The insects, also known as 'murder hornets', have arrived in the US, and they could be coming for the UK.
Also the world's largest hornet (around 5cm long), they kill on average fifty people per year in Asia.
Laced in orange and black stripes, the hornets have a stinger full of venom that contains a neurotoxin. This deadly matter is capable of causing both cardiac arrest and anaphylactic shock (not great news).
Some individuals have reported the Asian giant hornet as decapitating other bees.
Whilst the UK is still dealing with the economic impacts of coronavirus, a hornet invasion of this kind would be devastating.
Experts have warned that an invasion of the hornets was headed to the UK, and would cost a startling £7.6m in research alone.
Image credit: News for Kids
Besides the cost of research, millions of pounds would also be required to get rid of the hornets - money that is desperately required to recover the economy impacted by the COVID-19 pandemic.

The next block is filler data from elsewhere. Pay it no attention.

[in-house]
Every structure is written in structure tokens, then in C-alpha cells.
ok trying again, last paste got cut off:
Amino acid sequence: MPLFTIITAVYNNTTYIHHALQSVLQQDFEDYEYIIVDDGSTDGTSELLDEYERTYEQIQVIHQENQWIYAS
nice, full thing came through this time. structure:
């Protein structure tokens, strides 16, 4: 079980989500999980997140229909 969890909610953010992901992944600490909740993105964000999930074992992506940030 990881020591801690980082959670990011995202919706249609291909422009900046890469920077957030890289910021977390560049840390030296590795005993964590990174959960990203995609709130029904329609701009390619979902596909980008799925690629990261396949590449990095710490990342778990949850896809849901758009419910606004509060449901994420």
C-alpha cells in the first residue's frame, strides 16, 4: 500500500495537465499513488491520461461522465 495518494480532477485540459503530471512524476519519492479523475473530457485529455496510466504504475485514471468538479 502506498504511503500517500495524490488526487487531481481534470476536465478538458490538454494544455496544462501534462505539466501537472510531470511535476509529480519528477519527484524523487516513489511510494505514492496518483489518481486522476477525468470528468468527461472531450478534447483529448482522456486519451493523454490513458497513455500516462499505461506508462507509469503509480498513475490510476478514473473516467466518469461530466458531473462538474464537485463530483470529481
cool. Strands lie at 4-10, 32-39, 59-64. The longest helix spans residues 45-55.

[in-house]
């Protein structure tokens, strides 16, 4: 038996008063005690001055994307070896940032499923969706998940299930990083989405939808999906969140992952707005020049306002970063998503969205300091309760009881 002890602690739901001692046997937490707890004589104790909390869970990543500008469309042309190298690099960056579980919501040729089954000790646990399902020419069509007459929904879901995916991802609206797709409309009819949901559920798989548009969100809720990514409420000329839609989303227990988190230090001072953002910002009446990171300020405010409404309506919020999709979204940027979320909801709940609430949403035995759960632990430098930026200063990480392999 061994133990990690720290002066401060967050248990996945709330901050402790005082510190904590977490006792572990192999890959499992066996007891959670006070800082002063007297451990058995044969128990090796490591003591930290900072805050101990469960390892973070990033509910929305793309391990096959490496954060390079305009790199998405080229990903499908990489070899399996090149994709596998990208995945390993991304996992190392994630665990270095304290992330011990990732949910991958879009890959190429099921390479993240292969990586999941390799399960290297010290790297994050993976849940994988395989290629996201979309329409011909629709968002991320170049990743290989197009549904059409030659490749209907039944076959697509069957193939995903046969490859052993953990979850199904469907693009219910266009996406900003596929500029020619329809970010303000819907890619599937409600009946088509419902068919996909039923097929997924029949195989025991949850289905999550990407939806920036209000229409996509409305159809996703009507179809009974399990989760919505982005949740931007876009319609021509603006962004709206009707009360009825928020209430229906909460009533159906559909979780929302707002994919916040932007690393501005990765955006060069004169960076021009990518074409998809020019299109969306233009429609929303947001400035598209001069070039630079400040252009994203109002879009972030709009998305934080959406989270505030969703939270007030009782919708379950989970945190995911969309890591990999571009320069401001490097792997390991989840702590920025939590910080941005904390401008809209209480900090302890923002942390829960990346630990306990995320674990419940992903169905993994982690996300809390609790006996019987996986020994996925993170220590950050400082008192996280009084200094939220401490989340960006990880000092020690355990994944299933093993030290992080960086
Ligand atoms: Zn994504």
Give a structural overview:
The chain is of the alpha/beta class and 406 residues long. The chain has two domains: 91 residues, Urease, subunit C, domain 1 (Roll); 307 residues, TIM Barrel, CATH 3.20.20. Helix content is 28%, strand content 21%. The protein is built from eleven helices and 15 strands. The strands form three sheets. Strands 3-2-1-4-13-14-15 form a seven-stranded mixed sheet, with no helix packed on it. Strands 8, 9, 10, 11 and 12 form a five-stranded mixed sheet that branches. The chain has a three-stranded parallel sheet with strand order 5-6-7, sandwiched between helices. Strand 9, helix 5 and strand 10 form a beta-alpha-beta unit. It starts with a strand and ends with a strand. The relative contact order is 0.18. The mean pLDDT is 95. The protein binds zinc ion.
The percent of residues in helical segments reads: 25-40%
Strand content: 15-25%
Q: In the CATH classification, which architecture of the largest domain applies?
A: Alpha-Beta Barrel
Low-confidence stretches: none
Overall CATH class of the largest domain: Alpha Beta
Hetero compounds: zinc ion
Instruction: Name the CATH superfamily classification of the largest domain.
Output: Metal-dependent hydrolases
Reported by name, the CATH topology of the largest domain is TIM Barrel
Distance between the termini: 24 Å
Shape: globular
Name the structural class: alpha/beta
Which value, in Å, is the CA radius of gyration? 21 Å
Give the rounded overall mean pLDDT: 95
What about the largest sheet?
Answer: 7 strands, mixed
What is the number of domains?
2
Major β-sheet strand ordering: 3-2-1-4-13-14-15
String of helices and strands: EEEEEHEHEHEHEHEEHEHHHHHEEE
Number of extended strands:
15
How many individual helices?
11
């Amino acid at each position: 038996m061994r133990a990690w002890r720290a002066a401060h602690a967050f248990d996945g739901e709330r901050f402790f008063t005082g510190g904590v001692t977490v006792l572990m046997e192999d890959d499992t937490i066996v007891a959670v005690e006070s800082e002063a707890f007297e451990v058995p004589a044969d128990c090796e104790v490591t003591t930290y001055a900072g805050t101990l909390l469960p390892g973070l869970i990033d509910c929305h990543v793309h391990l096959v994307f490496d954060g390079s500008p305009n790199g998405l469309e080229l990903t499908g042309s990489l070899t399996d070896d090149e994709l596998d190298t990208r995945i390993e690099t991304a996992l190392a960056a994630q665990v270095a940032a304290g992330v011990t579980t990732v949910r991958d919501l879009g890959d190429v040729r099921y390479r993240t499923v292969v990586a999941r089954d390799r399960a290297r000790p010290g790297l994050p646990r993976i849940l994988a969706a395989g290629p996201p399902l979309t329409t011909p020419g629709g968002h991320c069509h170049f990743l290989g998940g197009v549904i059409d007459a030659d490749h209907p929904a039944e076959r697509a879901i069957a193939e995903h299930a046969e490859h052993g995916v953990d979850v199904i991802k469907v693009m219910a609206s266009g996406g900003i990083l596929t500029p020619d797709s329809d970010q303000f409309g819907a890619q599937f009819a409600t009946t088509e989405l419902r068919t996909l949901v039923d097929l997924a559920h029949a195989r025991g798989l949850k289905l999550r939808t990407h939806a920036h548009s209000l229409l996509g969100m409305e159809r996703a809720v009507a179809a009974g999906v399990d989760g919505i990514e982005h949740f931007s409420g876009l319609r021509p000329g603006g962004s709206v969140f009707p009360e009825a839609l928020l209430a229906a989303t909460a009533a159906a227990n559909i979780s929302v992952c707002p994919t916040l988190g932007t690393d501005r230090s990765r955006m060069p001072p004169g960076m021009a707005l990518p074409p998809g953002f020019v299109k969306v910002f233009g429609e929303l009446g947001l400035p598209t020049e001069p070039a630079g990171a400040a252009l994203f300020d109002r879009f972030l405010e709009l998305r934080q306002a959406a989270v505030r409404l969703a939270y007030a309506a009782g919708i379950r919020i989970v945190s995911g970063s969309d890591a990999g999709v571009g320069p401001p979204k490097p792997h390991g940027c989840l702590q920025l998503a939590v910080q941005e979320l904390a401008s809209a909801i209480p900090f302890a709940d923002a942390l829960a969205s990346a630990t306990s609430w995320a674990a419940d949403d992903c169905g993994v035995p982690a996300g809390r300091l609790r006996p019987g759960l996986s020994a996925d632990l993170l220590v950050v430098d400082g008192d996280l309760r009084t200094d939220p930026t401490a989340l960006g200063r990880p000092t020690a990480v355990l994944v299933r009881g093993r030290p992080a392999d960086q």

As we continue to live in an increasingly connected and globalised world, the risk of these hornets being shipped over from high-risk areas with goods or with food is a real threat. As more of us desire non-seasonal and exotic fruits and vegetables, the risk of invasion is looming.
The fact that the UK is warming as a result of climate change is another factor which can lead to a British invasion, especially as these hornets typically reside in temperate and tropical climates in East Asia, South Asia, Mainland Southeast Asia, and parts of the Russian Far East.
The most recent sighting of Asian hornets was confirmed near Christchurch, Dorset, on 1 October 2019, and two nests were destroyed as a result.
In Tamworth, another nest was destroyed on 2 September 2019.
A total of 17 sightings of the Asian hornet have been confirmed since 2016 and nine nests have been eradicated.